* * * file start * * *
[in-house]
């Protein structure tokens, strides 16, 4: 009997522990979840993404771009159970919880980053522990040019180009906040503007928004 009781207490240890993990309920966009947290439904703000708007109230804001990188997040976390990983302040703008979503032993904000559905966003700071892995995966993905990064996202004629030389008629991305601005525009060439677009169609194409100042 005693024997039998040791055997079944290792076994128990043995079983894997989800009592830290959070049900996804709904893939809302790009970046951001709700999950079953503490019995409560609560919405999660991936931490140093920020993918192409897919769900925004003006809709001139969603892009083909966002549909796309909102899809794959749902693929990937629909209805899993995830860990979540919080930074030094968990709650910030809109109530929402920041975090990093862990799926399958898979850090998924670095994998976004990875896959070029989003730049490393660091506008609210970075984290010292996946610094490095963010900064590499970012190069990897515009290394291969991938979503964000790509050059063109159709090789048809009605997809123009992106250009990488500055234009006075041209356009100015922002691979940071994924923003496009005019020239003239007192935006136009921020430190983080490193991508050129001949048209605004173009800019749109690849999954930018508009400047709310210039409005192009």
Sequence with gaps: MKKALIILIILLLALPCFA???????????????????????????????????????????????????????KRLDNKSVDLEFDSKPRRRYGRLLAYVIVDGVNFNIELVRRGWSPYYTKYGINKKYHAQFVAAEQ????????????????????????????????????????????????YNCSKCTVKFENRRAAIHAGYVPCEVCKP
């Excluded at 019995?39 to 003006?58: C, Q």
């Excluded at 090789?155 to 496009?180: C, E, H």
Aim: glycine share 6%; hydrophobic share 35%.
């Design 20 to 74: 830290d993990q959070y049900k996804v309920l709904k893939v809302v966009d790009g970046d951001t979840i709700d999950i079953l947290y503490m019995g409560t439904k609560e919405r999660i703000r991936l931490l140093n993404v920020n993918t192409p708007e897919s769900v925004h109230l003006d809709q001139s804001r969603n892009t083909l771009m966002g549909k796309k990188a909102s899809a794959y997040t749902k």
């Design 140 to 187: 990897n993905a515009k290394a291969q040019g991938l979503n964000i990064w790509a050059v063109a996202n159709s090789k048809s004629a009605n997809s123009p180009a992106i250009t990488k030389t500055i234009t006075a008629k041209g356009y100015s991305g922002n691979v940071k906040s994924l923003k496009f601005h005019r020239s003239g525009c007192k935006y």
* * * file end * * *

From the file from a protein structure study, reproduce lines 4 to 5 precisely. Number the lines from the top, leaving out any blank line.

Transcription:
């Excluded at 019995?39 to 003006?58: C, Q």
């Excluded at 090789?155 to 496009?180: C, E, H």